Experimental Procedure for Fifth Generation (5G) Electromagnetic Field (EMF) Measurement and Maximum Power Extrapolation for Human Exposure Assessment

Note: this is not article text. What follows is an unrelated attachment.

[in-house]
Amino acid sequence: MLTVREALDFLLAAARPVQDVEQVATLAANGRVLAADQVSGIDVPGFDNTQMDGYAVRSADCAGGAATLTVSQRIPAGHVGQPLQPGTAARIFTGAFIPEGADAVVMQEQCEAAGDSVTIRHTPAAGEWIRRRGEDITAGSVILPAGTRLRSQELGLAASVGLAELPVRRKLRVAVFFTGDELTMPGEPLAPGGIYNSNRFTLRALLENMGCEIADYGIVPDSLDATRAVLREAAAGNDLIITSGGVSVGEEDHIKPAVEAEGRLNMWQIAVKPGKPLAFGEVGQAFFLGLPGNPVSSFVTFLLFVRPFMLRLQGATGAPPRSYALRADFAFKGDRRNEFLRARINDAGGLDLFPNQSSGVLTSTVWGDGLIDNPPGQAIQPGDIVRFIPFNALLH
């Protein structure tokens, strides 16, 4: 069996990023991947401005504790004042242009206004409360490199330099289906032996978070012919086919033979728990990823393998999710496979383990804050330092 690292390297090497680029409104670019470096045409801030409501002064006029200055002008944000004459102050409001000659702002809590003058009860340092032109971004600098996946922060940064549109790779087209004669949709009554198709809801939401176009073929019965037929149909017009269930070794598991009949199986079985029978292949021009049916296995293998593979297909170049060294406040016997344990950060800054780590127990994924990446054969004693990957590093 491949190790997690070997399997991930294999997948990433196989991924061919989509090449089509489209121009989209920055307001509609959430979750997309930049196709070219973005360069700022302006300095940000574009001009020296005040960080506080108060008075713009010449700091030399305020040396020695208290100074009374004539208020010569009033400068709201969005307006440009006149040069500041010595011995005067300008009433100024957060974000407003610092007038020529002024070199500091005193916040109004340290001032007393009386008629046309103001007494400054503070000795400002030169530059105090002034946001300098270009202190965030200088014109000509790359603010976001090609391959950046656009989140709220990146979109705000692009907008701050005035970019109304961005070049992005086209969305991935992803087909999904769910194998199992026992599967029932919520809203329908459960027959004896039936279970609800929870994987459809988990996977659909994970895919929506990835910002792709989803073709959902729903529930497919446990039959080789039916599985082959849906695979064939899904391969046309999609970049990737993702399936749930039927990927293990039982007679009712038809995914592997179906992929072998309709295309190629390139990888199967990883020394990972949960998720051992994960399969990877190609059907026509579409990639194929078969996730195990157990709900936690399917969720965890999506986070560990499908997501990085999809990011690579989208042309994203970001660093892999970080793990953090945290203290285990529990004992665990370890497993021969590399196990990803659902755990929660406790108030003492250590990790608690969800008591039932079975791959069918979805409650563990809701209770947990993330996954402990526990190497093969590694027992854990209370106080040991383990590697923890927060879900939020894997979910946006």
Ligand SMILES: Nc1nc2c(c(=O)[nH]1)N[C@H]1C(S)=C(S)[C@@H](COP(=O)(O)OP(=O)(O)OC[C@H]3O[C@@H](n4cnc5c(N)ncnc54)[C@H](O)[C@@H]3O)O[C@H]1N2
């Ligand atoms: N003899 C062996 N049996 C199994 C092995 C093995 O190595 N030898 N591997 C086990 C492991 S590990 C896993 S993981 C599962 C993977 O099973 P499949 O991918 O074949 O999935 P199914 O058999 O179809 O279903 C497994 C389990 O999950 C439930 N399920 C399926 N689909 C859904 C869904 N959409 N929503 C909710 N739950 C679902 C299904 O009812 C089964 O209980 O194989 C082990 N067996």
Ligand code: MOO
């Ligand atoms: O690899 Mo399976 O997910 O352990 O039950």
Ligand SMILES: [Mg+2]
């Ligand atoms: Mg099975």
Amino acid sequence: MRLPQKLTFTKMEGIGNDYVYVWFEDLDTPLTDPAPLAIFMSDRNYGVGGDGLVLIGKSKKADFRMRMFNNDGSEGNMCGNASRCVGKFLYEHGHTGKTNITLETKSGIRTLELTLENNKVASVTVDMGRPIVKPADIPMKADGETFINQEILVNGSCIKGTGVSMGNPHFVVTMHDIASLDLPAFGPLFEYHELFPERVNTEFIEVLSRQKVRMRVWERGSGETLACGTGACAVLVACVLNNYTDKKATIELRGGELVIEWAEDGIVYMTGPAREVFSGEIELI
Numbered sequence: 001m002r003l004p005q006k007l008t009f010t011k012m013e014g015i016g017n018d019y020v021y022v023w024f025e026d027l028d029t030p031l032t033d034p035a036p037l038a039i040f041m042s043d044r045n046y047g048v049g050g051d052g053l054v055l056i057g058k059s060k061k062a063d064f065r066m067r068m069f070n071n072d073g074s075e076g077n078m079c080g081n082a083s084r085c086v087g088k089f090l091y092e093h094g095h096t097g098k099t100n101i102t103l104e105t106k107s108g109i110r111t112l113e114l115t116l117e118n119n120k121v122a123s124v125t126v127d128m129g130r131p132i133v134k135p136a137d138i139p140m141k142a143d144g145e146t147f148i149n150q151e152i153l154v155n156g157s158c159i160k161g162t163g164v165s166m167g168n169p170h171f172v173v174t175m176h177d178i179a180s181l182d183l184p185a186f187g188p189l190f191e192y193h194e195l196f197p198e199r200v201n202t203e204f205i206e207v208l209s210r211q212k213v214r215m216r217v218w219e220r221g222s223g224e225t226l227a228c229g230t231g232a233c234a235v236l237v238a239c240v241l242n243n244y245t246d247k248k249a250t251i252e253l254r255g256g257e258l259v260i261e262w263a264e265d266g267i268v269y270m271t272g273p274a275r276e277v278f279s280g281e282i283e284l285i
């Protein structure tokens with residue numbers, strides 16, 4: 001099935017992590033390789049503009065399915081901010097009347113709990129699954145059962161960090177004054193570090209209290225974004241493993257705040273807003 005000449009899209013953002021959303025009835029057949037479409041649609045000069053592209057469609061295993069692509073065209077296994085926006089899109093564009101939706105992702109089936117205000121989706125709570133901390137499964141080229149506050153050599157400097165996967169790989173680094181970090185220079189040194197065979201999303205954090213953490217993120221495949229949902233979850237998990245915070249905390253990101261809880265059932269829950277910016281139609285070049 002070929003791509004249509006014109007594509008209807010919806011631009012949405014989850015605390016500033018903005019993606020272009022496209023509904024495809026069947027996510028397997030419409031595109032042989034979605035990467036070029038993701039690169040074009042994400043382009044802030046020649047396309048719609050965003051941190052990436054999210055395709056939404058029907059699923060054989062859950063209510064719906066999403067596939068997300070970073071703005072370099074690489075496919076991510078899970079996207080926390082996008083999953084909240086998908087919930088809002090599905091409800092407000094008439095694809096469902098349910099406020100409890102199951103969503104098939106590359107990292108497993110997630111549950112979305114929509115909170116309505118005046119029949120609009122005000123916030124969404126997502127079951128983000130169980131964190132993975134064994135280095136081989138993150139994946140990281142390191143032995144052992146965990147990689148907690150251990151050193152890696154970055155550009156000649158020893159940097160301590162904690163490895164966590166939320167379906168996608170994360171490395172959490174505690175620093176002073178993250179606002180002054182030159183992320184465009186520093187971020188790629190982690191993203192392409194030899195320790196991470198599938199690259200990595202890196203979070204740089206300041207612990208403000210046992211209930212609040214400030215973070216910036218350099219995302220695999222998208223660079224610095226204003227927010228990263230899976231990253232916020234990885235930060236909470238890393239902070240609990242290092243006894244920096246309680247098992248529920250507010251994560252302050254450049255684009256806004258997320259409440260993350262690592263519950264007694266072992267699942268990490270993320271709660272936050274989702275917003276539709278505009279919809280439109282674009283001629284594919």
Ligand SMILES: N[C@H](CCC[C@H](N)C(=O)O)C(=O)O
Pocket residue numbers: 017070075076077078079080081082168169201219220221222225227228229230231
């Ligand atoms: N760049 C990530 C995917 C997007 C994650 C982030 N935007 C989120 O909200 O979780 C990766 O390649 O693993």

The fifth generation (5G) technology has been conceived to cover multiple usage scenarios from enhanced mobile broadband to ultra-reliable low-latency communications (URLLC) to massive machine type communications. However, the implementation of this new technology is causing increasing concern over the possible impact on health and safety arising from exposure to electromagnetic field radiated by 5G systems, making imperative the development of accurate electromagnetic field (EMF) measurement techniques and protocols. Measurement techniques used to assess the compliance with EMF exposure limits are object to international regulation. The basic principle of the assessment is to measure the power received from a constant radio frequency source, typically a pilot signal, and to apply a proper extrapolation factor. This kind of approach is standardized for 2G, 3G, and 4G technologies, but is still under investigation for 5G technology. Indeed, the use of flexible numerologies and advanced Time Division Duplexing (TDD) and spatial multiplexing techniques, such as beam sweeping and Massive Multiple Input Multiple Output (MIMO), requires the definition of new procedures and protocols for EMF measurement of 5G signals. In this paper a procedure for an accurate estimation of the instant maximum power received from a 5G source is proposed. The extrapolation technique is based on the introduction of proper factors that take into account the effect of the TDD and of the sweep beam in the measured value of the 5G signal level. Preliminary experimental investigation, based on code domain measurement of appropriate broadcast channels, and carried out in a controlled environment are reported, confirming the effectiveness of the proposed approach.
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